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Ballet Preljocaj's 'Les Nuits (The Nights)' At The Dorothy Chandler Pavilion

Toby.Brown |
June 24, 2014 | 9:22 a.m. PDT

Contributing Writer

Ballet Preljocaj's 'Les Nuits (The Nights)'. Photo by Jean-Claude Carbonne.
Ballet Preljocaj's 'Les Nuits (The Nights)'. Photo by Jean-Claude Carbonne.
Any American child can claim to be familiar with the classic Arabic text "1,001 Nights" (also known as "Arabian Nights" & "Scheherazade"), at least in that it was the vehicle that brought "Aladdin" and "Sinbad the Sailor" to the western world.  Angelin Preljocaj’s new Ballet "Les Nuits (The Nights)" is billed as being 'inspired' by the "1,001 Nights," and he uses this word wisely, as a purist may be confused to enter a non-narrative ballet where classical images are painted as only the broadest impressions. 

In truth, Preljocaj is only following in a long and complicated tradition of free reinterpretation of this classic.  Different versions of the story as far reaching as Persia, Egypt, and possibly even India have been written over the past thousand years.  Generally they follow the basic premise: a wise young woman escapes being beheaded by her vengeful king and husband by telling a series of stories each night and ending on a cliffhanger each morning.  The stories that she tells are really the main attraction, and change vastly from version to version. It turns out both Aladdin and Sinbad, while genuine Arabian folktales, were really added to "1,001 Nights" by European translators in the 18th and 19th centuries. "1,001 Nights" is and has always been a conversation, between lovers, cultures, and continents.  Preljocaj is just picking up the discussion and giving it a modern lens.  While the West is looking at the East, it may be secretly looking back at the itself.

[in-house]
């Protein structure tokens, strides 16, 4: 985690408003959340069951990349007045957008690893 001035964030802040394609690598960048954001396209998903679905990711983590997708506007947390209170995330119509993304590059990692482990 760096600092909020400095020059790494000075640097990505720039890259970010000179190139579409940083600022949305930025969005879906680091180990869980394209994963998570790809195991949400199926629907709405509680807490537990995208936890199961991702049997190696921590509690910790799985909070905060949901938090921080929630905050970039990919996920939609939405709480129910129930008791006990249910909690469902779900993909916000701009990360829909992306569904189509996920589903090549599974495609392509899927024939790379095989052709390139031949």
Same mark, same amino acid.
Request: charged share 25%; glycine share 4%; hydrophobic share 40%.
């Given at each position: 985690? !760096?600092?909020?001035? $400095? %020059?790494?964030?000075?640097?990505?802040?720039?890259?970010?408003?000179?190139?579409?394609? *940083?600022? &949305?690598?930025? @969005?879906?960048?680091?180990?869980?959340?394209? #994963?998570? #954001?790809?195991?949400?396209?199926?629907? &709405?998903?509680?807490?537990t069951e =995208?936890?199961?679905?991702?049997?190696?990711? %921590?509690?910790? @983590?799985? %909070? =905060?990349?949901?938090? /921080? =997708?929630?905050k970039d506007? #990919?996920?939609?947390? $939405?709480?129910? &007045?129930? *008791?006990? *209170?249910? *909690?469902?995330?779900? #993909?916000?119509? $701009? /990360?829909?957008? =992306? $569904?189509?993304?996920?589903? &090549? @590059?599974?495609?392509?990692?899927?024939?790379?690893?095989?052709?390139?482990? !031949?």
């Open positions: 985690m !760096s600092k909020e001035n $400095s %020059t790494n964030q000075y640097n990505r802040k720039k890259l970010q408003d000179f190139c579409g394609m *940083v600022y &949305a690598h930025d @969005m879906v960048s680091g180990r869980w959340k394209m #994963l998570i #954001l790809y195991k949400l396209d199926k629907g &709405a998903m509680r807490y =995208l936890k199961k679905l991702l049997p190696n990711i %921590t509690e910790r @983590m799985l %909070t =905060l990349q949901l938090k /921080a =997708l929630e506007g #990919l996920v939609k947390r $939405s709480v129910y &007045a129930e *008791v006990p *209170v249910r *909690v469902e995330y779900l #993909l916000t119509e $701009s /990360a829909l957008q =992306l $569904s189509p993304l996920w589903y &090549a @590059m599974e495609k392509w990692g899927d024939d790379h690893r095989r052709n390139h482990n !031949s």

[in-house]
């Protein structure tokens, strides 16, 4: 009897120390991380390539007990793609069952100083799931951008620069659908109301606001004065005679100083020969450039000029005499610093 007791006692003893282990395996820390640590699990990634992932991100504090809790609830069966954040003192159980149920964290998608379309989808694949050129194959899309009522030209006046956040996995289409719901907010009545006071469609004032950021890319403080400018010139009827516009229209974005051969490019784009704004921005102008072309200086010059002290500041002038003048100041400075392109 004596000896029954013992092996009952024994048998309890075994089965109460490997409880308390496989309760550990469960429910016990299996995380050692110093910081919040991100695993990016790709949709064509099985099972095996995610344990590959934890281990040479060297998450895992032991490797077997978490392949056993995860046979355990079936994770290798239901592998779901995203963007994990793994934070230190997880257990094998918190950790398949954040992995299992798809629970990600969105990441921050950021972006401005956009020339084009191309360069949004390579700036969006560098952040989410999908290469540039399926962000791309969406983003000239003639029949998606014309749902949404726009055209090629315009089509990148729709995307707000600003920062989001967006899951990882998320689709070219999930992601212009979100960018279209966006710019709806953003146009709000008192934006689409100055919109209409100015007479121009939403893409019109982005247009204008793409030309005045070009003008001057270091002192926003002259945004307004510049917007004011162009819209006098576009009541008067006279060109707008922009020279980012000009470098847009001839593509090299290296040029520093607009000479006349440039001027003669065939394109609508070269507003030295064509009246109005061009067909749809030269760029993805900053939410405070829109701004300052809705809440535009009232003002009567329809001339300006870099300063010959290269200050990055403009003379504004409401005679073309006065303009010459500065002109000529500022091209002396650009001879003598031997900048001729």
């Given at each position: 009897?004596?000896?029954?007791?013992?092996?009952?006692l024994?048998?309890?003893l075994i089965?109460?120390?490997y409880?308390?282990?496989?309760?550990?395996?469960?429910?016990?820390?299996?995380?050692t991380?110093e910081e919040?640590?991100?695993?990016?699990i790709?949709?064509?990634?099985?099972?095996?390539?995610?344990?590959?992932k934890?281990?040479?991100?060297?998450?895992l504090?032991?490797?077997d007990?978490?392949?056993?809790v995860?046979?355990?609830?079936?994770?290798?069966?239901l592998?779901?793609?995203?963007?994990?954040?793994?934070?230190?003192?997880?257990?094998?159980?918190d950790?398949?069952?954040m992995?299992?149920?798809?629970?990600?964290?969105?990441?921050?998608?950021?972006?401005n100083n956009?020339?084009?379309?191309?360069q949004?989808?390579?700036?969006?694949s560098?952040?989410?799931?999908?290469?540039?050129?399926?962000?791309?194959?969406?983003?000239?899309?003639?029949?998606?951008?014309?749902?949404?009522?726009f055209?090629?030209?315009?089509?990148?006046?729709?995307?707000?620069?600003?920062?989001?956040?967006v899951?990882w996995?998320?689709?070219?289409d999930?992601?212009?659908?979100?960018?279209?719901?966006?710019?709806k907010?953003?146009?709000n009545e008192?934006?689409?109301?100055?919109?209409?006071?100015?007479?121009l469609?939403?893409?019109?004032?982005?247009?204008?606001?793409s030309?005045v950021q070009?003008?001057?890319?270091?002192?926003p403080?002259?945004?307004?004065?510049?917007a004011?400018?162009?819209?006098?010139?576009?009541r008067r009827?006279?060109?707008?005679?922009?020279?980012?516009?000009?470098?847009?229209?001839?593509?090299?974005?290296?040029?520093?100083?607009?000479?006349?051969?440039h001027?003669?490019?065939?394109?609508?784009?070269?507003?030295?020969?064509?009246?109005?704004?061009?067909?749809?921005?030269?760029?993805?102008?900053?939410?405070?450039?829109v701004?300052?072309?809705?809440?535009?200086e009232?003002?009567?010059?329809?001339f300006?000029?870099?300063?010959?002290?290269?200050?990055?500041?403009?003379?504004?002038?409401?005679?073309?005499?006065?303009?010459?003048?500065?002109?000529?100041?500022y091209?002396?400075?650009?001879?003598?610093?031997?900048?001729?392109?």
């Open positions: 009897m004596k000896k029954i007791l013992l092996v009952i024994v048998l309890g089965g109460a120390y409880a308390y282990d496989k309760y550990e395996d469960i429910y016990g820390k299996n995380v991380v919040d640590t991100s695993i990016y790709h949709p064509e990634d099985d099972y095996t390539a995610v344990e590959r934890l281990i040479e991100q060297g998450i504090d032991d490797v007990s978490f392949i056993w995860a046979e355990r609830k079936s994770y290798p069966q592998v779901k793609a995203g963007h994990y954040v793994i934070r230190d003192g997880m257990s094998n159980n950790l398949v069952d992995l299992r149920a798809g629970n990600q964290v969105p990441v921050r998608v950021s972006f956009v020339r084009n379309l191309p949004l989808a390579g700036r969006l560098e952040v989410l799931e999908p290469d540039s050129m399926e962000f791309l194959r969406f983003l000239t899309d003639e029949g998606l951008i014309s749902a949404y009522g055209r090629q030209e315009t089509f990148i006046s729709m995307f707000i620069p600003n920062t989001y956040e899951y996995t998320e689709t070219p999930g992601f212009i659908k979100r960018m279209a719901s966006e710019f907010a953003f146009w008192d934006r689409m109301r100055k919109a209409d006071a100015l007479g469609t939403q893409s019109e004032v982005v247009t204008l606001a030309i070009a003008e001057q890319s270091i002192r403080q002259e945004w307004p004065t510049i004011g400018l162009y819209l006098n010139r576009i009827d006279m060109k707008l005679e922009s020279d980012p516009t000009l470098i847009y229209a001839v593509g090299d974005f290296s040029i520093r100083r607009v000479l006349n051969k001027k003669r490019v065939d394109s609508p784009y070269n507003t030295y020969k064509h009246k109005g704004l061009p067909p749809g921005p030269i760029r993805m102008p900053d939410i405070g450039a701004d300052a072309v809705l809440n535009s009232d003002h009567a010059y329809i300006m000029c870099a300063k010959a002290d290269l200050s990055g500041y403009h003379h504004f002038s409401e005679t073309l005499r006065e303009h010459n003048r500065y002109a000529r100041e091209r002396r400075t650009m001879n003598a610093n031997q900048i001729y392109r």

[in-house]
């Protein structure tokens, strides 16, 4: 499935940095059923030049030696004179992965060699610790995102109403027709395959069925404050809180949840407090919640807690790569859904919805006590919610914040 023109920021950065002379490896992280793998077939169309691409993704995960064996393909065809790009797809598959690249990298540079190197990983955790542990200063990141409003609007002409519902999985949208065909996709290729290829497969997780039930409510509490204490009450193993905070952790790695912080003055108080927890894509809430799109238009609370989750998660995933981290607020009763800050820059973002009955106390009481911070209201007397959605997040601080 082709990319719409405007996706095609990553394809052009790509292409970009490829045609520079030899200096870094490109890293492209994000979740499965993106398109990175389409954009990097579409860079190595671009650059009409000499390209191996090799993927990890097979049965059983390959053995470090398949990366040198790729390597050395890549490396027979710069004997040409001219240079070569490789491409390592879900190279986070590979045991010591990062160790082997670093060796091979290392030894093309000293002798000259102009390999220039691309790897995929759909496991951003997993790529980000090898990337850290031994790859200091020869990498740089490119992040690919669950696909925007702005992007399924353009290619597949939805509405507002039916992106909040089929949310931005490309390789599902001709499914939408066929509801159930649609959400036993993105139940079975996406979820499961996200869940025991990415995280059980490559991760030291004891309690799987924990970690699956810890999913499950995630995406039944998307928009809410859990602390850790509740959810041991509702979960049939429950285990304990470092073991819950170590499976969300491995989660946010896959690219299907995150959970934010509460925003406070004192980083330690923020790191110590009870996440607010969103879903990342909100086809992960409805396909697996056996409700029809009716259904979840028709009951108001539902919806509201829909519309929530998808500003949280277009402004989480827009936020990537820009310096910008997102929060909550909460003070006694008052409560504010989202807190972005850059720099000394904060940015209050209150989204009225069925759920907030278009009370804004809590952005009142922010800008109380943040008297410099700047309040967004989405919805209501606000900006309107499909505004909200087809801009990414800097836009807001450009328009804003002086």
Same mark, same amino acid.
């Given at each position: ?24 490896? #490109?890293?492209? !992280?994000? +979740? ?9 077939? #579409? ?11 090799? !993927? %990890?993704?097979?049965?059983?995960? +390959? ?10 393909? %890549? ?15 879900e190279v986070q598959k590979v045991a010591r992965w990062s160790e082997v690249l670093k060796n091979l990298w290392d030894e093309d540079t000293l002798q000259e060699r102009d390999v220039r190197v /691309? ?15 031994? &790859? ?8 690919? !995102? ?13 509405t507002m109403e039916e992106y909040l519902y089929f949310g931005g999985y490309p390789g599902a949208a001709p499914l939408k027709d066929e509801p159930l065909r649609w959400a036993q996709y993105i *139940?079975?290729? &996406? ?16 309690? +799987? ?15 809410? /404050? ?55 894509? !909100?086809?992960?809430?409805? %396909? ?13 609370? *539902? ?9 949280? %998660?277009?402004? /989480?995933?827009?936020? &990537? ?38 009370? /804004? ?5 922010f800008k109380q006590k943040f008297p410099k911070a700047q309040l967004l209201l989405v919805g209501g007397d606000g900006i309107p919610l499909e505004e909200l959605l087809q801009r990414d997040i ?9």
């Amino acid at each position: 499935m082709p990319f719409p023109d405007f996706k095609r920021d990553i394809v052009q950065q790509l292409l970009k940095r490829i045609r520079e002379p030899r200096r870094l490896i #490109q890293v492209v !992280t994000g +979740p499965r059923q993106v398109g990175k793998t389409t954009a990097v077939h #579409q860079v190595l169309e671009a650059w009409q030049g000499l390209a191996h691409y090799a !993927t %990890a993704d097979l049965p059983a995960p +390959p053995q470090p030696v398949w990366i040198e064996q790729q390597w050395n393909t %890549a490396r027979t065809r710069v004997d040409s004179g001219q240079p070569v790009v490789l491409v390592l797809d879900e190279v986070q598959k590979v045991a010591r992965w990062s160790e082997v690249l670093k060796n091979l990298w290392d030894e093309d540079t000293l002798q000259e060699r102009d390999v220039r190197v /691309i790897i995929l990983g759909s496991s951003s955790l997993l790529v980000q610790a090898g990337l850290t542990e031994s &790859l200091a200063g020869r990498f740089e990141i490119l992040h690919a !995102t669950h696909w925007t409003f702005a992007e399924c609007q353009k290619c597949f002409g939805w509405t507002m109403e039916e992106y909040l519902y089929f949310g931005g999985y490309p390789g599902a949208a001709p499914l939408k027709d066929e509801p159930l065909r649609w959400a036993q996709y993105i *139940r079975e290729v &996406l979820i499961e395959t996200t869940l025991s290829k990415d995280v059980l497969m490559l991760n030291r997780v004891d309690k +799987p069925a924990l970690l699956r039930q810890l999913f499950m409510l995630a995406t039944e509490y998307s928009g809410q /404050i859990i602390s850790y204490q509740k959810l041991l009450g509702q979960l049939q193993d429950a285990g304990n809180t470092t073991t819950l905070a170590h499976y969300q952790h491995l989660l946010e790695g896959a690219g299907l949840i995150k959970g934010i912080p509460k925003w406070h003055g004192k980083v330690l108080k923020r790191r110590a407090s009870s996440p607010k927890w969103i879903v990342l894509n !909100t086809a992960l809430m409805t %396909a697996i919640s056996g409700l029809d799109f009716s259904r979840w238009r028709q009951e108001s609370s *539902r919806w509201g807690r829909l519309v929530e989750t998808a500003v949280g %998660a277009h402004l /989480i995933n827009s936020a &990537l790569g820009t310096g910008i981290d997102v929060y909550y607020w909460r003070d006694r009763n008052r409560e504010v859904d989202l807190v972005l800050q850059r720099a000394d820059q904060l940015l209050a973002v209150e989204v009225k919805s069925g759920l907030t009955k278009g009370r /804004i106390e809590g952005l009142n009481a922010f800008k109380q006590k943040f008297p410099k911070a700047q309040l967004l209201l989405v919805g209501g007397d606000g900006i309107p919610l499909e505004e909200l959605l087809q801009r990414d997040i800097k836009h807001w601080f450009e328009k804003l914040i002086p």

A key to understanding this scheme of interpretation is in its influences. Preljocaj took a great deal of inspiration from Orientalism of the 19th century, a movement in which western academic artists depicted, borrowed, or simply invented a fantasy of eastern culture.  He was particularly moved by the sumptuous tableaus of the French painter Jean-Auguste-Dominique Ingres, who at the time was very controversial for depicting 'low' subjects: lust, violence, and foreigners.  Ingres’ "Turkish Baths," is a glimpse into the ladies room, a sea of conspicuously pale, classical beauties who supposedly have found themselves in Turkey.  This painting became the inspiration for the opening of "Les Nuits," in which a pool of reclining women seem to roll awake in slow-motion, steam wafting over them.  The play of the obscuring steam and a shadowy half-light, (the warm, bold lighting design is by Cécile Giovansili-Vissière,) creates a fascinating sensual scene, and this is first of several truly gorgeous motifs in the program. 

Nikolai Rimsky-Korsakov was also an important part of the Orientalist movement, and the ballets that accompanied his classic symphonic suite "Scheherazade" are certainly what most dance lovers will be naturally comparing with "Les Nuits."  It is a good thing that Preljocaj opted for the neutral title "Les Nuits," rather than one of the classic titles, because this ballet is not attempting to tell that story, or really any story. Trying to find fidelity to a text, or for that matter any narrative through-line from dance to dance in "Les Nuits" would be wasting time.  This might be a disappointment to someone who saw the 2008 Preljocaj version of Snow White for instance, which employs narrative and consistent characters, though it should not come as surprise to those who are familiar with modern trends in dance.  This is a piece about impressions of the East and of the rest of the world, but it makes no effort to disguise the fact that it is a European production.

Photo by Jean-Claude Carbonne.
Photo by Jean-Claude Carbonne.